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Did the P-38 Allison use the CE prop? Seems I've read about P-38 props freezing up and causing all kinds of problems during the war.

Ah, just read JA's post.
P38s did not have a good reliability reputation in the ETO and were largely phased out as 47s and 51s became available. Due to the extremely cold temps at the altitudes they were operated at, they were prone to several issues. One was that the oil supply for the turbochargers would get too cold and viscous, causing turbo failures. Also, the hollow leading edges of the wings were used as intercoolers. With limited ability to adjust or control the degree of intercooling, this led to engine problems. In the PTO, between the later series of P38 used which had intercoolers in enlarged chin radiators, plus the lower altitudes and warmer ambient temps, the 38s performed far better and as we know, racked up a great service record.

I had an uncle who flew fighters in WW2. Initially flew 38s in the MTO and came to appreciate the ability to return home on one engine which he did several times.
Transitioned to 47s which ha e always said was the bird to be in if the mission was ground attack. He was never assigned to a P51 unit, but did get a chance to fly themm fairly often and always maintained that that was what he wanted to be flying for air to air combat.
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Old July 28, 2017, 17:31   #71
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RIP to those pilots. I never knew anyone with a warbird to teach me how to fly one. I would have jumped at the chance and damned the risk.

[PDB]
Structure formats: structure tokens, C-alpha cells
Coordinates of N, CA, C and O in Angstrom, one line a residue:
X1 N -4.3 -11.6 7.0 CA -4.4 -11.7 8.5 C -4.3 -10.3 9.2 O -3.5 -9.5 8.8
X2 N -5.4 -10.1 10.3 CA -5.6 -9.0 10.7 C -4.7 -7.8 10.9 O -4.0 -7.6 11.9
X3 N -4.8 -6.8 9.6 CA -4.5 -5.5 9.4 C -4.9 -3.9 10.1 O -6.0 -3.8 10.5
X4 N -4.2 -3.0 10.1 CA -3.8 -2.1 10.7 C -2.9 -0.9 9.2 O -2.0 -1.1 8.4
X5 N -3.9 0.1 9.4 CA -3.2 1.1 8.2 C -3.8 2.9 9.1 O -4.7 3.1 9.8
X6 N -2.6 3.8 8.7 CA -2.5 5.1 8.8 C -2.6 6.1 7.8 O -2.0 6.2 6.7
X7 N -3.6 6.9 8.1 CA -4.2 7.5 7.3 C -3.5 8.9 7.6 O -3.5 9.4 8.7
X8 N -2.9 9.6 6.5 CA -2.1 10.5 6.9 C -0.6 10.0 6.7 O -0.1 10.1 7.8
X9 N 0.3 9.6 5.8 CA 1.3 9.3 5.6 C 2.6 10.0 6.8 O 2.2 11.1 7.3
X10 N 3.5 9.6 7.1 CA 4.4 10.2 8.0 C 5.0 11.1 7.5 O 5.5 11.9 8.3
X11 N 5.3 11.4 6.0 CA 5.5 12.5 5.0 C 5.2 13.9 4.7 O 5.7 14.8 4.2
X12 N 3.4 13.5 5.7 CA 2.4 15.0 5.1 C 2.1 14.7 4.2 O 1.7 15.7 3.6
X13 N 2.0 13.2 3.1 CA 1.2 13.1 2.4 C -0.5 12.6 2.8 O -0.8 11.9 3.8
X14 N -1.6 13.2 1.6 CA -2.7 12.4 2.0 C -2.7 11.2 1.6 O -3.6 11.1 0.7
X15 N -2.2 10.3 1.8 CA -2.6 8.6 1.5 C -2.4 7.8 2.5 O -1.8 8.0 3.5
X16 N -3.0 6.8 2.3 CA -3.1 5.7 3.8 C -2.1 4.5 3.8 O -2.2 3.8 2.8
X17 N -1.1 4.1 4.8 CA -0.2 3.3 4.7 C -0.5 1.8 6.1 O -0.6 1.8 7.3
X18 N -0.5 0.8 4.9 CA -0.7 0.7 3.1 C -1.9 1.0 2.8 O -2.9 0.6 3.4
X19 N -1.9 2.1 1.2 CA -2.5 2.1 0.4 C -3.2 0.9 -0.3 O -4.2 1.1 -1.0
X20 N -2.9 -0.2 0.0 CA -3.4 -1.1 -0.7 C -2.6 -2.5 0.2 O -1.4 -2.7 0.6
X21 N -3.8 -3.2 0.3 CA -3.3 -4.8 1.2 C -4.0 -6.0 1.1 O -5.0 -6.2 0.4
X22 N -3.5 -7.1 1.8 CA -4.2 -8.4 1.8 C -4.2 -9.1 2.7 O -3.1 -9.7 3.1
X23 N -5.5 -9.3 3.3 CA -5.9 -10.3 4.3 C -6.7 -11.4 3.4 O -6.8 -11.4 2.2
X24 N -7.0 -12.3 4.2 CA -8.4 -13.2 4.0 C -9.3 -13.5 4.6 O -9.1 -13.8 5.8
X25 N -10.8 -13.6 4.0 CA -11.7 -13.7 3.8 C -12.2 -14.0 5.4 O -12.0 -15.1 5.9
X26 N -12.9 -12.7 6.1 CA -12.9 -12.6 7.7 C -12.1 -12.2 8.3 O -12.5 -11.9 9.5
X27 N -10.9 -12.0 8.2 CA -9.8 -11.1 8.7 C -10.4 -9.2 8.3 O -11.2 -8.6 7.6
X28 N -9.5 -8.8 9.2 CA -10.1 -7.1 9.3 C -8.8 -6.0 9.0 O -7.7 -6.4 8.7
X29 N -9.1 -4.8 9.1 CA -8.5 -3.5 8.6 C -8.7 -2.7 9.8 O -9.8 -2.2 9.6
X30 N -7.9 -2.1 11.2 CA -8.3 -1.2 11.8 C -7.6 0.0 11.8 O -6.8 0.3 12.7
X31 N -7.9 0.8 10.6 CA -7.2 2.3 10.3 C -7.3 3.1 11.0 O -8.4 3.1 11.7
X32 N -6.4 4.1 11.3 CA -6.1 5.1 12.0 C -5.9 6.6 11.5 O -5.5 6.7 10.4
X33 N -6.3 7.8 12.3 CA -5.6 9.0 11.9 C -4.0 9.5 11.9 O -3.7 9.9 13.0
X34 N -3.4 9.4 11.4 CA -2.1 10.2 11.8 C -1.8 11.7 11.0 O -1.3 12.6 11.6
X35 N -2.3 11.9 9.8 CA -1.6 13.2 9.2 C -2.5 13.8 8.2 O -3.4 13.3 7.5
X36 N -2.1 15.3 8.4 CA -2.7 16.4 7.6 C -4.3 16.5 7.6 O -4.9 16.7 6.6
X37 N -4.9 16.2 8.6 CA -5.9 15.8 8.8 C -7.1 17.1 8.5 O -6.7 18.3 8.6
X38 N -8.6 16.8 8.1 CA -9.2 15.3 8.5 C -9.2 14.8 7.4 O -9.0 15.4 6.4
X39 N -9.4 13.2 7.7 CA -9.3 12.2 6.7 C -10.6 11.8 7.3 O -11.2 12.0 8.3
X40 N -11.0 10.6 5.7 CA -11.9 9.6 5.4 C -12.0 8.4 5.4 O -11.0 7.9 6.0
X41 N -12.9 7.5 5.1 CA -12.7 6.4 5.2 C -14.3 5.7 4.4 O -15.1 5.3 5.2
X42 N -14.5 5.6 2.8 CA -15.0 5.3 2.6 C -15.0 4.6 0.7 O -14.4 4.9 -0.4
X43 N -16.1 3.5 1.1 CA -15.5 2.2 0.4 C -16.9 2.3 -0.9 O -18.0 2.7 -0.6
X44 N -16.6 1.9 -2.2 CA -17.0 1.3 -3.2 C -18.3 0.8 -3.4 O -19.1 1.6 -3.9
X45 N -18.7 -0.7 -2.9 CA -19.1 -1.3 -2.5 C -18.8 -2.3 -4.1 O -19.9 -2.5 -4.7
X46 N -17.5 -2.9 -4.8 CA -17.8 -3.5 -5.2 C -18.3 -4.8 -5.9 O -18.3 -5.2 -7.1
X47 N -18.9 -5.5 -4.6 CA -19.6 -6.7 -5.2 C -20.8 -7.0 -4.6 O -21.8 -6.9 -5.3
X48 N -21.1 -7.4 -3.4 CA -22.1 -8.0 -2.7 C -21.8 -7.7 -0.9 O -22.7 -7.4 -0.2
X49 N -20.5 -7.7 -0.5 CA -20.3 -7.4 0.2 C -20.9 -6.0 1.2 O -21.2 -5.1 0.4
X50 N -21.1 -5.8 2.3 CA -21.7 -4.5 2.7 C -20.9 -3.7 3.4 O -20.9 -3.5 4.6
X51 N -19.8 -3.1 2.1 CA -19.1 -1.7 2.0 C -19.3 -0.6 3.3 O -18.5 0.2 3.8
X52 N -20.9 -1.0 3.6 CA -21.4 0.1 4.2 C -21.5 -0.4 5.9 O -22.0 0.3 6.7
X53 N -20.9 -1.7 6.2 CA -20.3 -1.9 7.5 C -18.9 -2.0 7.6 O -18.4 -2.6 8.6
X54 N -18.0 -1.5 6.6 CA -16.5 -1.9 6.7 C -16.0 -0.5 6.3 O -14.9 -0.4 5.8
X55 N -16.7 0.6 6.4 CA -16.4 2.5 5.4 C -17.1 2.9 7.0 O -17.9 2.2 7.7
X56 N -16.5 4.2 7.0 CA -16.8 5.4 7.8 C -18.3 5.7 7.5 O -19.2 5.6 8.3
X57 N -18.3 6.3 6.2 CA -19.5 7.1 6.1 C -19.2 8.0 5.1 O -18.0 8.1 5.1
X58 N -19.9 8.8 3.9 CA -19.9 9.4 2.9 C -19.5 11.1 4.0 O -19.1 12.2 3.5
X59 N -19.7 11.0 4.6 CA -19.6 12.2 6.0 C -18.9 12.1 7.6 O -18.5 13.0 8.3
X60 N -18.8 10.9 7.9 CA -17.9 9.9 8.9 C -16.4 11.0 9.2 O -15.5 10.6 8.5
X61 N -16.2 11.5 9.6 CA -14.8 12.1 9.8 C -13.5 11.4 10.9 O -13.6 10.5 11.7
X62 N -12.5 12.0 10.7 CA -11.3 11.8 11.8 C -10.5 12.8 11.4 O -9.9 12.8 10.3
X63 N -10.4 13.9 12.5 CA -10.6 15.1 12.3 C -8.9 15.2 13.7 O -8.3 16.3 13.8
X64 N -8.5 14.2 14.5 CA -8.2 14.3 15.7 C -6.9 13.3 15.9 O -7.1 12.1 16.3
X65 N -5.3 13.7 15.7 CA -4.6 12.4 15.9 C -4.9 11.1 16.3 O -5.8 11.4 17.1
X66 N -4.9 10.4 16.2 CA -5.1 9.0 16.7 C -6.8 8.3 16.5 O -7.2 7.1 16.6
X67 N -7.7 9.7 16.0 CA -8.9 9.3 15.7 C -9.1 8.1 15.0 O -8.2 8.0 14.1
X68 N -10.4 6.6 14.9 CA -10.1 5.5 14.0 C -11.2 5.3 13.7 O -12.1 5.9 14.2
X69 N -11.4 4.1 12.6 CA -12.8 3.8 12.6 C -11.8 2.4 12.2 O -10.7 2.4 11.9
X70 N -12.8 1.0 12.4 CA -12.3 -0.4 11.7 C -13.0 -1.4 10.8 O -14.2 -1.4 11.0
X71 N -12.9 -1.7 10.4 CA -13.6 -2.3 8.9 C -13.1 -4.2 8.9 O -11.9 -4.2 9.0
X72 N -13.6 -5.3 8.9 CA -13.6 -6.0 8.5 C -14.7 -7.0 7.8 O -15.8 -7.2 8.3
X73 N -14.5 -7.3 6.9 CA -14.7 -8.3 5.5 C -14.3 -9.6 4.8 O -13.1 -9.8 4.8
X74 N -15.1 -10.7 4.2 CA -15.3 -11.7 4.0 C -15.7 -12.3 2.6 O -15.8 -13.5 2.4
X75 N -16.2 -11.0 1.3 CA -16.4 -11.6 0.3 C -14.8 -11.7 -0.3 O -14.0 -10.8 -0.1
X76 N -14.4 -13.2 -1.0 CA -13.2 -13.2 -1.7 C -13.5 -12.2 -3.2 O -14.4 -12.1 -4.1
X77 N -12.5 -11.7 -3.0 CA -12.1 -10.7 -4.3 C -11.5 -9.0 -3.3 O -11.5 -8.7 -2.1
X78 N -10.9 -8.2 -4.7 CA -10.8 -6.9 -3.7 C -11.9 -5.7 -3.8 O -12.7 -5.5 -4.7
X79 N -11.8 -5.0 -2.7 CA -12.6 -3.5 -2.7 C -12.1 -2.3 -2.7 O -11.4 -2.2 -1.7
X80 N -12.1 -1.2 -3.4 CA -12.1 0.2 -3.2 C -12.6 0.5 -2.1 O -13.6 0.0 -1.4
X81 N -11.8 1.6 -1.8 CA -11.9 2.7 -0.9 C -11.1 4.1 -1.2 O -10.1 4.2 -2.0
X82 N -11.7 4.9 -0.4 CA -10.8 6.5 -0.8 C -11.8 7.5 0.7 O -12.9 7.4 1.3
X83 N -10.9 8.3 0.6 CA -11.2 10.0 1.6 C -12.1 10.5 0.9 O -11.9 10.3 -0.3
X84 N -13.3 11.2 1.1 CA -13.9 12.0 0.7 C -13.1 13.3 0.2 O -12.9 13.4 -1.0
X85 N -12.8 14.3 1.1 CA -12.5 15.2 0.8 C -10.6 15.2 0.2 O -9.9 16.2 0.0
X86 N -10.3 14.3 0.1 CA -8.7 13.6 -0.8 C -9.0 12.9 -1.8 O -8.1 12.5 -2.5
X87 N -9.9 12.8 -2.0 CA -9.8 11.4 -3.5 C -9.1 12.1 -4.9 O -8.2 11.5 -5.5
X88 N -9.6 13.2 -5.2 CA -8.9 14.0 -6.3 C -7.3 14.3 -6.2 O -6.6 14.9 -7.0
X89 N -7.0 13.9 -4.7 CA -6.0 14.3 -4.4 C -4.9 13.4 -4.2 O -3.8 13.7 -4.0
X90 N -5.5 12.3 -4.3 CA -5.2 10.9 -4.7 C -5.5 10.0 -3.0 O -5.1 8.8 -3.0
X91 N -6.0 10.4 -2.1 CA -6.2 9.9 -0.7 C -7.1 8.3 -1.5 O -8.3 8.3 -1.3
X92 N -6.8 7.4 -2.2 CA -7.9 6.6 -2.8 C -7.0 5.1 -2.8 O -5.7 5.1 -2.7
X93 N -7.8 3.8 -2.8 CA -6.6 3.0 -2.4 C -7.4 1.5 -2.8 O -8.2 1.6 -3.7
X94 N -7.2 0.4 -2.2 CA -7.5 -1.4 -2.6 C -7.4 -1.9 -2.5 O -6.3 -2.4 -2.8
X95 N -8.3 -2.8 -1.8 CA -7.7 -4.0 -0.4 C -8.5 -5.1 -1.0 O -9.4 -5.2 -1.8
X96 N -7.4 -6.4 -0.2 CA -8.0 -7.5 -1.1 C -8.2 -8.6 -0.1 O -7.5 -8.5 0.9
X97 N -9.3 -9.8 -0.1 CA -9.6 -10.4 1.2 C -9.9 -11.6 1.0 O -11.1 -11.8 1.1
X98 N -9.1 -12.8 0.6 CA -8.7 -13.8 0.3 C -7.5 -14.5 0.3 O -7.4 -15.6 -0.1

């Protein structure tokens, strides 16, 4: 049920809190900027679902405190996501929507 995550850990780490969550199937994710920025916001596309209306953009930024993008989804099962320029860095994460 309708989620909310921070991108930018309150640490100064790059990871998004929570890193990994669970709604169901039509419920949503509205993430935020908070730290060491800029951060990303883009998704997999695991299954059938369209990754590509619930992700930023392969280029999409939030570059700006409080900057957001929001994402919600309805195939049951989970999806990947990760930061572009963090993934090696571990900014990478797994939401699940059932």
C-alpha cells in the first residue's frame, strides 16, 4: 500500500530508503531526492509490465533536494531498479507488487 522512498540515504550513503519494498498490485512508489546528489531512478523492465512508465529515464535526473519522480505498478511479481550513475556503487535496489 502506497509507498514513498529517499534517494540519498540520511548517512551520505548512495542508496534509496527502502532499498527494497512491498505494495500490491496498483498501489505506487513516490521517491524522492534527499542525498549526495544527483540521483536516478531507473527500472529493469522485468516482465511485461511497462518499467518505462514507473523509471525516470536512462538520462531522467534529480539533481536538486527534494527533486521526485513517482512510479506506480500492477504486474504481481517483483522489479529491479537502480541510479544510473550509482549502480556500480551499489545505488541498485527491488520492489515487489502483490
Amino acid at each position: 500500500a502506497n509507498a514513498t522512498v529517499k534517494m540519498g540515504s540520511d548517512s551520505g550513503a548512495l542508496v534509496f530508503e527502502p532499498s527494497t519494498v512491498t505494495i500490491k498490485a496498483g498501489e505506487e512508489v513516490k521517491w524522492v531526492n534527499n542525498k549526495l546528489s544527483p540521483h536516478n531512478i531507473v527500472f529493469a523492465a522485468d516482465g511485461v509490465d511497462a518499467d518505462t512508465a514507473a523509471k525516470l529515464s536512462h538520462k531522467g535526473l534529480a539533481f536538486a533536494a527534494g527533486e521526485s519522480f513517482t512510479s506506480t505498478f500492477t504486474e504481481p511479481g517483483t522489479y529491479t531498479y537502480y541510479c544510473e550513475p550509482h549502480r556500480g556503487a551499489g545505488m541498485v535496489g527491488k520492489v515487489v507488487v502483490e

I did know a guy a long time ago with a MiG-17 at KCPS, but it wasn't flyable at the time and I don't know what ever happened to him or the airplane.
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Old July 29, 2017, 06:39   #72
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RIP to those pilots. I never knew anyone with a warbird to teach me how to fly one. I would have jumped at the chance and damned the risk.

I did know a guy a long time ago with a MiG-17 at KCPS, but it wasn't flyable at the time and I don't know what ever happened to him or the airplane.
HEad on down to Stallion 51 in Kissimmee, FL, they'll set you up in a T6 or a P51.

Experience of a lifetime, and cheaper than owning one !!!
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Old August 01, 2017, 07:01   #73
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Update on Nelson Ezell, pilot of the Sea Fury, posted on WIX yesterday:

"Update from Chad today: surgery went well and Nelson is showing improvements and looking better every day. Working on weaning off the vent and waking him up."

Sounds promising - fingers crossed !